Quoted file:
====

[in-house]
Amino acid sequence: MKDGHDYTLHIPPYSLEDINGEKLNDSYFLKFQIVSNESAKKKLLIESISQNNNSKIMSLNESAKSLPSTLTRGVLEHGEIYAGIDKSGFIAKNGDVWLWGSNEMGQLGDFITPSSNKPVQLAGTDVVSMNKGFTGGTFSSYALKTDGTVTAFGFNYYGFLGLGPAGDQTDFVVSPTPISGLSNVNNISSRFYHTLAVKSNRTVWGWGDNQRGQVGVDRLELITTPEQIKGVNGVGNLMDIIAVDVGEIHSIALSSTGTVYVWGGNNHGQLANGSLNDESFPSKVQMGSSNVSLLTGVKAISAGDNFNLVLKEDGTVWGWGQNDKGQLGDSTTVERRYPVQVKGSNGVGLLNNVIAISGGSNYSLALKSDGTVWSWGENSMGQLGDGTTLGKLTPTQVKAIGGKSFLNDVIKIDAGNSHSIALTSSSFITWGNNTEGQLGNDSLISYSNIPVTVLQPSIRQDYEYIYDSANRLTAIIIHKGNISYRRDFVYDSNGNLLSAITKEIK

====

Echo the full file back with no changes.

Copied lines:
[in-house]
Amino acid sequence: MKDGHDYTLHIPPYSLEDINGEKLNDSYFLKFQIVSNESAKKKLLIESISQNNNSKIMSLNESAKSLPSTLTRGVLEHGEIYAGIDKSGFIAKNGDVWLWGSNEMGQLGDFITPSSNKPVQLAGTDVVSMNKGFTGGTFSSYALKTDGTVTAFGFNYYGFLGLGPAGDQTDFVVSPTPISGLSNVNNISSRFYHTLAVKSNRTVWGWGDNQRGQVGVDRLELITTPEQIKGVNGVGNLMDIIAVDVGEIHSIALSSTGTVYVWGGNNHGQLANGSLNDESFPSKVQMGSSNVSLLTGVKAISAGDNFNLVLKEDGTVWGWGQNDKGQLGDSTTVERRYPVQVKGSNGVGLLNNVIAISGGSNYSLALKSDGTVWSWGENSMGQLGDGTTLGKLTPTQVKAIGGKSFLNDVIKIDAGNSHSIALTSSSFITWGNNTEGQLGNDSLISYSNIPVTVLQPSIRQDYEYIYDSANRLTAIIIHKGNISYRRDFVYDSNGNLLSAITKEIK